In the News this Week: Innovative Technology Solutions in Africa

In the news this week…

A number of interesting articles were published last week on innovative technologies for remote health care.

SMS programs are showing great promise in connecting patients with care. CNN reported on the Rapid SMS program in Rwanda, where the government has joined efforts with various U.N. organizations to fight its high maternal mortality rate. By giving out hundreds of free cell phones to expectant mothers in the rural district of Musanze through the Rapid SMS program, the government uses SMS technology to connect pregnant women to healthcare professionals who can track the progress of their pregnancies, remind them of monthly check ups, offer advice, and rapidly respond to women in need of emergency care.

See the RapidSMS program profile Cell phone technology has proven to be a valuable addition to reaching rural populations in Africa and connecting them to critical medical care faster. The Phones for Health project also operates in Rwanda, leveraging cell phone technology to improve response time to epidemics.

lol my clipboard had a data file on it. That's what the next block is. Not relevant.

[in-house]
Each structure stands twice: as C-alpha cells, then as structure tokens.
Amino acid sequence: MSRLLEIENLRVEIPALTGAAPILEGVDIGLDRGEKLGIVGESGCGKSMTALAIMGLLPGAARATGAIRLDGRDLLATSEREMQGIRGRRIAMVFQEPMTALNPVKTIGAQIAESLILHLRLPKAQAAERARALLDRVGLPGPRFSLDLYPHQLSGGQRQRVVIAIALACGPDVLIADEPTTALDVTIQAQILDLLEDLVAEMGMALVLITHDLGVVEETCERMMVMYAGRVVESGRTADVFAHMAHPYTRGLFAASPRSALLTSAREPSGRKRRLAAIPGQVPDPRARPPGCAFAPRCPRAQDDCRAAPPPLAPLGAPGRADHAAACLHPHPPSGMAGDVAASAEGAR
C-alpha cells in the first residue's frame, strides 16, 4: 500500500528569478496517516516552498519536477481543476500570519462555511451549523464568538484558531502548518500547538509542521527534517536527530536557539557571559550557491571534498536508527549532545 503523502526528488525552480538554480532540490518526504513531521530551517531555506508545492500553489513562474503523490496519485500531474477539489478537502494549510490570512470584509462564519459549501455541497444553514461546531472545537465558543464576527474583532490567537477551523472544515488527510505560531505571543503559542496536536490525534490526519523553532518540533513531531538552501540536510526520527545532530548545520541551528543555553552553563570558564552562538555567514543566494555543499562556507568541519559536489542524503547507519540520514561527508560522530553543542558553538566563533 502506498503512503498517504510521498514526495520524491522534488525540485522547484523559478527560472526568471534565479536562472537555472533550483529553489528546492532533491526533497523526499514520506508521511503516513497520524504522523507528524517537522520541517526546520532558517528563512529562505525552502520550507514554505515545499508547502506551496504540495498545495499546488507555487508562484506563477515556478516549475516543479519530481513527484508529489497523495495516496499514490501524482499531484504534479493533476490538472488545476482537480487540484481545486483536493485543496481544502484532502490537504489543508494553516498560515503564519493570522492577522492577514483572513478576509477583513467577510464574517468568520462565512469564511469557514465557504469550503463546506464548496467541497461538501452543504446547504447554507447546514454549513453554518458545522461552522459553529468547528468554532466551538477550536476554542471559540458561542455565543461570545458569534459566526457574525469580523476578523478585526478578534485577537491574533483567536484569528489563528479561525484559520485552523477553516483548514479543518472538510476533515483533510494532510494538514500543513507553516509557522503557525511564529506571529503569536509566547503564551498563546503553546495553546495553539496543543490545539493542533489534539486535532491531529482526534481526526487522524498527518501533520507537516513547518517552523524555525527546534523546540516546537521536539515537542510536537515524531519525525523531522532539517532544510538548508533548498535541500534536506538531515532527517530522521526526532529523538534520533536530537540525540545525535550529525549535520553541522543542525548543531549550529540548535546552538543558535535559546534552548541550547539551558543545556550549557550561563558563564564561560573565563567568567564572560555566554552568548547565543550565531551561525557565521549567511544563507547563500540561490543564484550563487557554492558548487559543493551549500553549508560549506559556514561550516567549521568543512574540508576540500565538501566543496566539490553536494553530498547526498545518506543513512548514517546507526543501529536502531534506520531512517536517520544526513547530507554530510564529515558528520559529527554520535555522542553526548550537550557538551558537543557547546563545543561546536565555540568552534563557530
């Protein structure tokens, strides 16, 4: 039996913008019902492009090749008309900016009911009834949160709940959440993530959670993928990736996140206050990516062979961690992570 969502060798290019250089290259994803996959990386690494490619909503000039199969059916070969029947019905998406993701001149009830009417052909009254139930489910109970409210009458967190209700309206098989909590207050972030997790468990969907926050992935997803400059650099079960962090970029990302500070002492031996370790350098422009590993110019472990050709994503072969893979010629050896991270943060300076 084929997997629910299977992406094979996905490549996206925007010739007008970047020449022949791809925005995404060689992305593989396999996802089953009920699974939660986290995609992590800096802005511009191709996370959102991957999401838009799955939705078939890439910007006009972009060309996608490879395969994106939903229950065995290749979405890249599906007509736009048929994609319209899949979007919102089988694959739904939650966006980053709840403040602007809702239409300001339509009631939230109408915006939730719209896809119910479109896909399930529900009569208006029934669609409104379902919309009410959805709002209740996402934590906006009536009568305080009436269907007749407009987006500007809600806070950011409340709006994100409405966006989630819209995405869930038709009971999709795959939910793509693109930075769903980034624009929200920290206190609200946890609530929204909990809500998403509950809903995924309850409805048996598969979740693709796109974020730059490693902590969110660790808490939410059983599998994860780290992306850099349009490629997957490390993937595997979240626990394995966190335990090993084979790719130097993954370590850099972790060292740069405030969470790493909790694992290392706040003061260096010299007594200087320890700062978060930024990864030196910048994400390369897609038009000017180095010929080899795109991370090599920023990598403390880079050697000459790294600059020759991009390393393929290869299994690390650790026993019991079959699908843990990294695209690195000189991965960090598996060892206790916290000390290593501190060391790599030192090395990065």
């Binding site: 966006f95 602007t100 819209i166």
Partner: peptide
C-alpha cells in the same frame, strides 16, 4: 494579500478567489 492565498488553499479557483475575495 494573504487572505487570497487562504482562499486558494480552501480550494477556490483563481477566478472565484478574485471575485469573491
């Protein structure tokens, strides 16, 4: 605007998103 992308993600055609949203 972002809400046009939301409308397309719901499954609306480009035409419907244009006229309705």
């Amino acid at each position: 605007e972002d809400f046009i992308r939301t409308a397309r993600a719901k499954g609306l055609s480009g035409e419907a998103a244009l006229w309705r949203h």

In neighboring Kenya and Tanzania, FHI partners with PROGRESS on the the Mobile for Reproductive Health (m4RH) project to increase low cost family planning education, via text messages and SMS of mobile phones. The messages provide information of methods of family planning and to help locate nearby clinics. See the FHI site for more information.

It will be interesting to see if a number of cell phone technology models and call centers that have taken off in India, such as HMRI, will start to replicate in Africa as cell phone coverage and availability continues to grow rapidly.

In other news about innovative models to reach rural populations in Africa, the Camel Mobile Clinic was highlighted this week in the Change Observer as it moves forward with field testing of its unique model. This program uses an interesting combination of new technology (solar-powered refrigerators) and traditional transportation methods (camels) to bring medical goods, such as vaccines, to remote communities in Kenya and Ethiopia. As author Ernest Beck points out, though, it remains to be seen how this program will scale up. Is the main barrier to scale the access to camels, solar-powered refrigerators, or both?